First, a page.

The principles that guided your committees in crafting this bill are: 


(1)     To promote greater competitiveness and responsiveness in the Philippine pharmaceutical industry with the least government intervention. We need to loosen the monopolistic or oligopolistic power that some multinational pharmaceutical companies have long enjoyed to the detriment of all Filipinos by broadening consumer access to the supply of medicines and by supporting the domestic generics industry.


(2)     To adopt internationally accepted best practices that have made medicines more affordable and accessible in so many other countries around the world. In fact, all these proposed amendments are similar, if not exactly the same, as express provisions already adopted by other countries in their own patent laws. If others have it, then there is no reason why we should not provide the same for the benefit of all Filipinos.


(3)     To comply with the Agreement on Trade-Related Aspects of Intellectual Property Rights (TRIPS) and the DOHA Declaration on the TRIPS Agreement and Public Health of the World Trade Organization (WTO). And,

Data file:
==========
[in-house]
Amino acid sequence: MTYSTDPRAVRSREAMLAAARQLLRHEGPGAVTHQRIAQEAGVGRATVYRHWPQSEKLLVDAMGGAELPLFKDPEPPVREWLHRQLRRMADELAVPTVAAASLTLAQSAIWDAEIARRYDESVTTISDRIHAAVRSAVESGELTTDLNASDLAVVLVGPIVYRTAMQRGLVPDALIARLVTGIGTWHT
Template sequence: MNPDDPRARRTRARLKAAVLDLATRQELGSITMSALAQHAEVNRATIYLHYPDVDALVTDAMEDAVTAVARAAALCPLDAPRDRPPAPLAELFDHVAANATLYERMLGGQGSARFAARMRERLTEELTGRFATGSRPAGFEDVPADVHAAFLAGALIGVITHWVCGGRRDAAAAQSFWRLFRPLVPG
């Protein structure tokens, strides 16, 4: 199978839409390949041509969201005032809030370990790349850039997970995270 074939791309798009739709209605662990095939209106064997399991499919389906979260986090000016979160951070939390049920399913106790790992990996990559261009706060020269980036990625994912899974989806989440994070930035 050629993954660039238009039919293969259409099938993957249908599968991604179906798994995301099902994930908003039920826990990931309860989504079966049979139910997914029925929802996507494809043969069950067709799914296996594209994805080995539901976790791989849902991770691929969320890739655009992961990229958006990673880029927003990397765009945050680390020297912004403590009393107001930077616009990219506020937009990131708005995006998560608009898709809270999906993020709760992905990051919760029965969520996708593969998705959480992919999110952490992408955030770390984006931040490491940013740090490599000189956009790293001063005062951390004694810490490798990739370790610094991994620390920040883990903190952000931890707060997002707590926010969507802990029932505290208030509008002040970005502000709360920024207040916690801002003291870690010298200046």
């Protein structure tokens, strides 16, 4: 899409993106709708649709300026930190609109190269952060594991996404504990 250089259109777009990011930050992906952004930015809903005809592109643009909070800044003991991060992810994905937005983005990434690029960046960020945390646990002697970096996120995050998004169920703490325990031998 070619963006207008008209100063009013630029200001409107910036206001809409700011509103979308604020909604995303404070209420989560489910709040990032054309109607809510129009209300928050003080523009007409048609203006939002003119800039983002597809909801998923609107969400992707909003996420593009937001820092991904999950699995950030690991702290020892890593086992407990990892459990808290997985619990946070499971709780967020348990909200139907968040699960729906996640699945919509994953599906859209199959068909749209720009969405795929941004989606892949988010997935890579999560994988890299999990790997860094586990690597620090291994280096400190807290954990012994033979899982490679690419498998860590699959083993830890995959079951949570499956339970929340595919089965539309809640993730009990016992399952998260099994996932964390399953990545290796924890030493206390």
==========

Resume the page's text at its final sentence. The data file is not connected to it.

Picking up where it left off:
(4)     To increase the flexibility of government to anticipate and respond to various possible challenges to Philippine public health from global pandemics like bird flu or SARS and even to biological and/or chemical terror attacks.


In what manner does this bill accomplish what it sets out to do?


The salient features of Committee Report No. 79 containing SB No. 2263 are as follows:


First, we shall amend Section 72.3 of the IPC in order to expressly adopt the “early working” doctrine. This refers to the process by which generic companies are allowed to experiment and test for regulatory approval of generic versions of a drug or medicine before its patent expires. This will allow generic producers to get ready earlier so that they can start the production and sale of a generic drug shortly after its patent expires. 


As explained by the WHO, in the absence of such provision, generic manufacturers can only start the time-consuming process of testing and registration after the expiry of the patent.  This easily delays the marketing of generic drugs for another two to three years after patent expiry.